Lieutenant Colonel, United States Army
New Pitt Nursing Scholarship to Commemorate Life of Lieutenant Colonel Julia Minno
For the late Pitt alumna Lieutenant Colonel Julia Minno, nursing was as much a calling as a career. To truly be a nurse, she contended, one always should be ready to extend a helping hand, even beyond the call of duty.
“My sister realized nurses were asked to do
extra things, often at odd hours and in unusual circumstances,” said Alexander
M. Minno, M.D., a 1947 graduate of the
In honor of Julia Minno’s inspiring life and career, Alexander Minno and his wife, Frances, have donated $108,000 to the University of Pittsburgh School of Nursing to endow an undergraduate scholarship fund. Starting next fall, this scholarship will be awarded each year to one undergraduate student from Western Pennsylvania.
A native of Conemaugh, Julia Minno received
her degree in nursing from Conemaugh Valley Memorial Hospital in Johns-town.
She later earned a B.S. degree in Nursing Education (’49) and a M.Litt.
degree in Nursing Education (’53)
She started her nursing career at Cresson Sanatorium, then went on to work for the American Red Cross, Community Nursing Service, the National Foundation for Prevention of Infantile Paralysis, the University of Pittsburgh School of Nursing, Conemaugh Valley Memorial Hospital, and the Veterans Administration Medical Center in Aspinwall, before joining the U.S. Army Nurse Corps in 1954.
During her 17-year military career, she served at Fort Dix in New Jersey and Fort Belvoir in Virginia, and had duty tours in France, Japan, West Germany, and Ethiopia.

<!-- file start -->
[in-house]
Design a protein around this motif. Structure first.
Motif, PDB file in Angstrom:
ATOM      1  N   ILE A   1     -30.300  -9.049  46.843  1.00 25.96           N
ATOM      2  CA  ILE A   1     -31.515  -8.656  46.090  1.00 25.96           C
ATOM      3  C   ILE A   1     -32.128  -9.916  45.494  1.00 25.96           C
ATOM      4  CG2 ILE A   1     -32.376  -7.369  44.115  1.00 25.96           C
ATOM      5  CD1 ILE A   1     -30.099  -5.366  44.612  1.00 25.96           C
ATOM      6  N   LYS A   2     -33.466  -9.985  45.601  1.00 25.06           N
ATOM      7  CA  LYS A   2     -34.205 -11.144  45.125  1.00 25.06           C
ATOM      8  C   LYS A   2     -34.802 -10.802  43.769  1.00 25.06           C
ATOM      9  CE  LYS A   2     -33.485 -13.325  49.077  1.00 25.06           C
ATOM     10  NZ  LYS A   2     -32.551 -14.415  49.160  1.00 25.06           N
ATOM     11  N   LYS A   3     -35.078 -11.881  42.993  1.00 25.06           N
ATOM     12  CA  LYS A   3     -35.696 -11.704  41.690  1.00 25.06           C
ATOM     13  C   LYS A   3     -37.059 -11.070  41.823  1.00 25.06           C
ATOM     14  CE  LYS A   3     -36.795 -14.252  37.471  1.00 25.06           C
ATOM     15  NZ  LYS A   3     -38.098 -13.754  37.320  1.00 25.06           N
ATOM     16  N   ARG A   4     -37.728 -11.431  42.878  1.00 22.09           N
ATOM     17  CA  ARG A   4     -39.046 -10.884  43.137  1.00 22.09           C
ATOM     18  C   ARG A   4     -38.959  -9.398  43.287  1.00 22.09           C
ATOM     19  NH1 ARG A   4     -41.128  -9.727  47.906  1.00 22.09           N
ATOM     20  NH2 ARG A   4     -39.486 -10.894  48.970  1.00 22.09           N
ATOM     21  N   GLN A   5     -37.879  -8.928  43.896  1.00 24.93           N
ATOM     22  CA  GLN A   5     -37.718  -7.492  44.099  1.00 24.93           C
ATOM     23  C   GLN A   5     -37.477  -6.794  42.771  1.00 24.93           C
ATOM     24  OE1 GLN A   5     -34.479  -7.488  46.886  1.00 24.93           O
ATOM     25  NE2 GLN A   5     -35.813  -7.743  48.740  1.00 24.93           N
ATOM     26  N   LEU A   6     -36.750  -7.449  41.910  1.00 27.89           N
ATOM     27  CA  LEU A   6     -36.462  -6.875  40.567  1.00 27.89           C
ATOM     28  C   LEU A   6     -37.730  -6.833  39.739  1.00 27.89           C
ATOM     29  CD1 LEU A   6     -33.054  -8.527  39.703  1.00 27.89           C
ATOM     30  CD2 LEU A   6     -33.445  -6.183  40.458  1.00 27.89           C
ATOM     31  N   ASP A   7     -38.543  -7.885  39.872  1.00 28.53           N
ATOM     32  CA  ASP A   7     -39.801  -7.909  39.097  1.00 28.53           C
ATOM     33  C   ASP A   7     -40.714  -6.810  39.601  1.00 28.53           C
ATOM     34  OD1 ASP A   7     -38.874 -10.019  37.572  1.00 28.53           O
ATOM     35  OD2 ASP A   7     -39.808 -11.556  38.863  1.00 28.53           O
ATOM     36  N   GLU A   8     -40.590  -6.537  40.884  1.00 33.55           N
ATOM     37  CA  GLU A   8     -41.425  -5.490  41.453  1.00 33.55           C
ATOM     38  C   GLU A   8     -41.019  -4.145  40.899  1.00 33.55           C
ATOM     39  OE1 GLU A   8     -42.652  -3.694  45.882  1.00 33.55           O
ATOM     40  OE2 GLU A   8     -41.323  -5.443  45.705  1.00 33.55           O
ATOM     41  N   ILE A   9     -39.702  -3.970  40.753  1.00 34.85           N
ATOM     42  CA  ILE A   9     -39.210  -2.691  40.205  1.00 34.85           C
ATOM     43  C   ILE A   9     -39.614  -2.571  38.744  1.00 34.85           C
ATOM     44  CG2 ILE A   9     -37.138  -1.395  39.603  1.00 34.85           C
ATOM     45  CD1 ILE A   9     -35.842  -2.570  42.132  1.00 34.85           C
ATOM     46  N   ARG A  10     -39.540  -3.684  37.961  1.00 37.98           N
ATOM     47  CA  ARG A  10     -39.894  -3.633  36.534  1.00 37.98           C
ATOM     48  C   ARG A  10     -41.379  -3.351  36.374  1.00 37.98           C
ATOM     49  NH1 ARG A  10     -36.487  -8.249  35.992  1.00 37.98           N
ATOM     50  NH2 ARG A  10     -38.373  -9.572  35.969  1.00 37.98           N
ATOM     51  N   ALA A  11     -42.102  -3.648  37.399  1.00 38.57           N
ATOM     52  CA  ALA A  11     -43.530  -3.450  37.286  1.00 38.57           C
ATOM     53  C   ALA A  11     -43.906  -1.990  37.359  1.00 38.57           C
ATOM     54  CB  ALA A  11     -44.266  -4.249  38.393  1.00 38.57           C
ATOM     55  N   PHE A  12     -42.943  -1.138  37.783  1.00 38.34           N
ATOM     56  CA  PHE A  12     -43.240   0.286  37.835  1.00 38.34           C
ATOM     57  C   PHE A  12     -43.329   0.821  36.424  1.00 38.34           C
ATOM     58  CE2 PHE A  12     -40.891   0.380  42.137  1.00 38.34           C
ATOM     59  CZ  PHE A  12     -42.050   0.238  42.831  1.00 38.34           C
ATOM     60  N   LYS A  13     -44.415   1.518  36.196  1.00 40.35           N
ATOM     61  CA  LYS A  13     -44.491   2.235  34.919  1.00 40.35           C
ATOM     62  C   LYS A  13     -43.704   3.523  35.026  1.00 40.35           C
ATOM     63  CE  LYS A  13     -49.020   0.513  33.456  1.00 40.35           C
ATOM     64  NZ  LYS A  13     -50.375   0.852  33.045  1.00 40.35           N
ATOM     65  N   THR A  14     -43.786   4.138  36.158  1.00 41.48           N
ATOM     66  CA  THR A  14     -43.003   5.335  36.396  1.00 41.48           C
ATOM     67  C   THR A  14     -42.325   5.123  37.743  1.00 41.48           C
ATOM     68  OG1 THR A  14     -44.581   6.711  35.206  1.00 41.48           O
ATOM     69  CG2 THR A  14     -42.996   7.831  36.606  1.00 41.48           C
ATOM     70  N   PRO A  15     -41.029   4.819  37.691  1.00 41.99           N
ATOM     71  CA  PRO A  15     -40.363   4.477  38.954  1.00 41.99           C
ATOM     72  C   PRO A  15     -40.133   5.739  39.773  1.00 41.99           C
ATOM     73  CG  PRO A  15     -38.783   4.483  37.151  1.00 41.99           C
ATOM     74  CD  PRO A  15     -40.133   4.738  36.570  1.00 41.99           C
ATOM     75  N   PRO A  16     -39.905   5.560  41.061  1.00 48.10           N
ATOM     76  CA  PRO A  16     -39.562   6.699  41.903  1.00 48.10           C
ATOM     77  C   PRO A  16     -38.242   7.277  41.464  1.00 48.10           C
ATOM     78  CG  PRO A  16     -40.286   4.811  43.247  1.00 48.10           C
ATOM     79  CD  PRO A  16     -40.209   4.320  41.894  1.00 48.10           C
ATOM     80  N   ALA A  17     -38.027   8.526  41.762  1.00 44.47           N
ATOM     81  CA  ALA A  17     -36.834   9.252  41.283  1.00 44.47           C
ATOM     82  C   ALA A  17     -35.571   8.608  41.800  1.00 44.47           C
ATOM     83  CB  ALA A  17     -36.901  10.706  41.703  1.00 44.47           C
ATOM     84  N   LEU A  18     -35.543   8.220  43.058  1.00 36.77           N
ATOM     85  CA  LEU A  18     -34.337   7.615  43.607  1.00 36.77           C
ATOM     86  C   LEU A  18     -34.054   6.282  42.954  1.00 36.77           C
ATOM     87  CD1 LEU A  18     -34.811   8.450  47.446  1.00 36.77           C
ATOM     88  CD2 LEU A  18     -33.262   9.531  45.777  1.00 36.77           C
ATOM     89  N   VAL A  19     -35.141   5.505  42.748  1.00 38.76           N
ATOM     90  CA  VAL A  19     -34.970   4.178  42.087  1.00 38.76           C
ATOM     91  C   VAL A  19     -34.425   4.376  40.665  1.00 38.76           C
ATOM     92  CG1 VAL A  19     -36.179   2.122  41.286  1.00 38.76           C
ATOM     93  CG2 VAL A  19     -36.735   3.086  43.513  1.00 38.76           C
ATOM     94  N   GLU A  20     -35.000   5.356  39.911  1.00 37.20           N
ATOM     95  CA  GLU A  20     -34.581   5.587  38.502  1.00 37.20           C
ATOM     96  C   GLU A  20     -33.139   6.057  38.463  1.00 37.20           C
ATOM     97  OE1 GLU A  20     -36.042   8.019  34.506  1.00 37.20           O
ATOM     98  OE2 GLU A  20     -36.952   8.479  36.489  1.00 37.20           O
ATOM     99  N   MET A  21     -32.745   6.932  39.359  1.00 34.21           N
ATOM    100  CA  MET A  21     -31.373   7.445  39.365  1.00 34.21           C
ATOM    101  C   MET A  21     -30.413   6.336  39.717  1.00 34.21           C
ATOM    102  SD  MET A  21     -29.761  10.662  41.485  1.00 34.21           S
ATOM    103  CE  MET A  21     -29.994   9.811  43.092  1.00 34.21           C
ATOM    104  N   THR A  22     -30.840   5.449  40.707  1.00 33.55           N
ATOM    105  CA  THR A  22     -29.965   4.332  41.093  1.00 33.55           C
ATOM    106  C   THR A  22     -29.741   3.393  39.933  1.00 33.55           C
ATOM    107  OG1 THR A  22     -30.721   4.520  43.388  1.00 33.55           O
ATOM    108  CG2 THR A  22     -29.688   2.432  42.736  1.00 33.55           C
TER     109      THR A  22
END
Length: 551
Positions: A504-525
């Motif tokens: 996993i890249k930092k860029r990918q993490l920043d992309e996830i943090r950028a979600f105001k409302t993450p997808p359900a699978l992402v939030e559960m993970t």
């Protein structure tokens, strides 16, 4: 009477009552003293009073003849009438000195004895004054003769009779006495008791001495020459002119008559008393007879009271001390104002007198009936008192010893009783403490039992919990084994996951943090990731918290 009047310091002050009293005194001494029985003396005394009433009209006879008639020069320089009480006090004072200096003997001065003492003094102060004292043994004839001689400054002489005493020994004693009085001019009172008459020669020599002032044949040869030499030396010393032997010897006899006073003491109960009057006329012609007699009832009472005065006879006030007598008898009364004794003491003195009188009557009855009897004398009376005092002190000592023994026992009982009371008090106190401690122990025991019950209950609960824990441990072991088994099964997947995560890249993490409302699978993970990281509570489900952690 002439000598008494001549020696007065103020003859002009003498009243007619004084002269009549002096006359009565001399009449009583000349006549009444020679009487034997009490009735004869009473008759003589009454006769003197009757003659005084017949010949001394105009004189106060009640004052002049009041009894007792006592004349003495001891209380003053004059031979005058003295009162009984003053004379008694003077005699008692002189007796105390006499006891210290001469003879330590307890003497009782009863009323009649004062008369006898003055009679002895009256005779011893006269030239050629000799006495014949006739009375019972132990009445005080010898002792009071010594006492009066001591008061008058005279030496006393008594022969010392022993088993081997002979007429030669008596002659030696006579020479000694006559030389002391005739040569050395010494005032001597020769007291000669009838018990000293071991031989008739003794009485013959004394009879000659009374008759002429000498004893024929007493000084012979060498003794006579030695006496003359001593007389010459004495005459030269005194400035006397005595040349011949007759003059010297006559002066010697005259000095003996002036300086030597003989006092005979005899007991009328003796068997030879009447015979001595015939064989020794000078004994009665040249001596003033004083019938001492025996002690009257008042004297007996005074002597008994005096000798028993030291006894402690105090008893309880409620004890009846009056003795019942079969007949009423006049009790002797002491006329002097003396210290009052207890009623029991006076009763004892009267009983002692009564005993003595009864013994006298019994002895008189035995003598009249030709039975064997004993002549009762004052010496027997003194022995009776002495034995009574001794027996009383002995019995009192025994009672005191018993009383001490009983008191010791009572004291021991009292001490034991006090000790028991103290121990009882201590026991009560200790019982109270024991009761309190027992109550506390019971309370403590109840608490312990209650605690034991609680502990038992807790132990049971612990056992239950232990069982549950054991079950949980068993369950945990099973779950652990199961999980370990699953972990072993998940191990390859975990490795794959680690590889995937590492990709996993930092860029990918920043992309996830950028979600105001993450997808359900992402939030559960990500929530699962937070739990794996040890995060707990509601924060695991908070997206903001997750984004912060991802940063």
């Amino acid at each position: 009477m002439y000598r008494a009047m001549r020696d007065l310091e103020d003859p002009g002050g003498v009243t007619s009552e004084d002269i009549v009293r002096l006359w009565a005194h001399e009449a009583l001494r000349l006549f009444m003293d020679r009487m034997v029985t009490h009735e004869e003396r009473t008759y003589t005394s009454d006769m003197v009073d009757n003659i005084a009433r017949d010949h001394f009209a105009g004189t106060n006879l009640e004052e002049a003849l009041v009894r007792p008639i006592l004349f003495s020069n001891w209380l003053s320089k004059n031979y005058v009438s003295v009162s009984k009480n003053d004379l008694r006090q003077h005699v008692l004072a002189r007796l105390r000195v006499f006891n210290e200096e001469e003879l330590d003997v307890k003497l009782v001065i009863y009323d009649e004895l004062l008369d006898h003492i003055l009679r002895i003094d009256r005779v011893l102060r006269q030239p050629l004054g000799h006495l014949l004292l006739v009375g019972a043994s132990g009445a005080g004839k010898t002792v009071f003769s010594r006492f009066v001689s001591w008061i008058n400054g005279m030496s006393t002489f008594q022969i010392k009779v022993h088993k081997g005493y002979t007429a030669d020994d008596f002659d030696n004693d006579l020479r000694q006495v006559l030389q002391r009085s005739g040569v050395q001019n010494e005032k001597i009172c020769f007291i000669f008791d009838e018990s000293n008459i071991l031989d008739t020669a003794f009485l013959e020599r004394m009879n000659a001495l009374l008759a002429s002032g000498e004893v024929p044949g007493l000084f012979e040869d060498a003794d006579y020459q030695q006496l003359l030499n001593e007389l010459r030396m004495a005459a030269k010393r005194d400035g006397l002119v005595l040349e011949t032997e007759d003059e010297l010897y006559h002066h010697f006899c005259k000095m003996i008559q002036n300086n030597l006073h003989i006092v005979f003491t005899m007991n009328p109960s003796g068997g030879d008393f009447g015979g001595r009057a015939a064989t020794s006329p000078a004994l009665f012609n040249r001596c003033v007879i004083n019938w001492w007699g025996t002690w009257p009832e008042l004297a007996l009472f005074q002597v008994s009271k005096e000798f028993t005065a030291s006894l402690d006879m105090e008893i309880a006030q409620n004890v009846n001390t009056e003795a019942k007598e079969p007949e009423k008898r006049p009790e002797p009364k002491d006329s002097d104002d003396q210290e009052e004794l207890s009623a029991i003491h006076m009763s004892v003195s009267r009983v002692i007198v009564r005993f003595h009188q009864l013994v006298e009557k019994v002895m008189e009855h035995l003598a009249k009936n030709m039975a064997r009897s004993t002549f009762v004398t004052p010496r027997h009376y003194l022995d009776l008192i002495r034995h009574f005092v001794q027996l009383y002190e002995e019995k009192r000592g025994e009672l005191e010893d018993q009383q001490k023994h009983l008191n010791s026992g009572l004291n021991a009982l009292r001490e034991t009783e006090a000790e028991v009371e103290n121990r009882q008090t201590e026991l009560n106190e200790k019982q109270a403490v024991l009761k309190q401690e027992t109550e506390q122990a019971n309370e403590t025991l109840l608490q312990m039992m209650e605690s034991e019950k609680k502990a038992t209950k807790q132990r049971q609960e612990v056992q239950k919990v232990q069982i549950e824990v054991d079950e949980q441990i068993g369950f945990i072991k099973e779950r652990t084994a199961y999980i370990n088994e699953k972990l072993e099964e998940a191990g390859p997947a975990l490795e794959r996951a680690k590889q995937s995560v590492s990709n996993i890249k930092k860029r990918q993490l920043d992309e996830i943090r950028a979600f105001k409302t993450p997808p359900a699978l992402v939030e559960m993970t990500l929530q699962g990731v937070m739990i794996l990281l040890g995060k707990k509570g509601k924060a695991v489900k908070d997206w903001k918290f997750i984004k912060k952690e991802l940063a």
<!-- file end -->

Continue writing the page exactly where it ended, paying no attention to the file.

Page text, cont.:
Alexander Minno said his sister not only provided care for American troops stationed abroad, but she also ministered to the needs of foreign citizens.
“Julia ran a general clinic in Ethiopia, helping
to introduce preventative medicine to that country,” he recalled. “Among
her many accomplishments as a nurse in Ethiopia, she gave immunizations
and provided healthcare education. She would
He added that Julia Minno was more than just a nurse to her patients — she was also a friend.
“As was so characteristic of her, Julia formed
an emotional bond with many of her patients,” he said. “She became a godparent
to at least 100 Ethiopians and organized several drives to gather clothing
and food for needy people in that
Julia Minno died on September 3, 1987, and was laid to rest with full military honors in the nurses’ section of Arlington National Cemetery. Her brother said this scholarship will be a fitting tribute to a truly caring and compassionate nurse who was a strong role model for many other nurses.
“I think my sister would be honored that a
scholarship has been created in her name which will benefit future nurses,”
Alexander Minno said. “Julia believed that learning to do what you enjoy
will last for a lifetime.”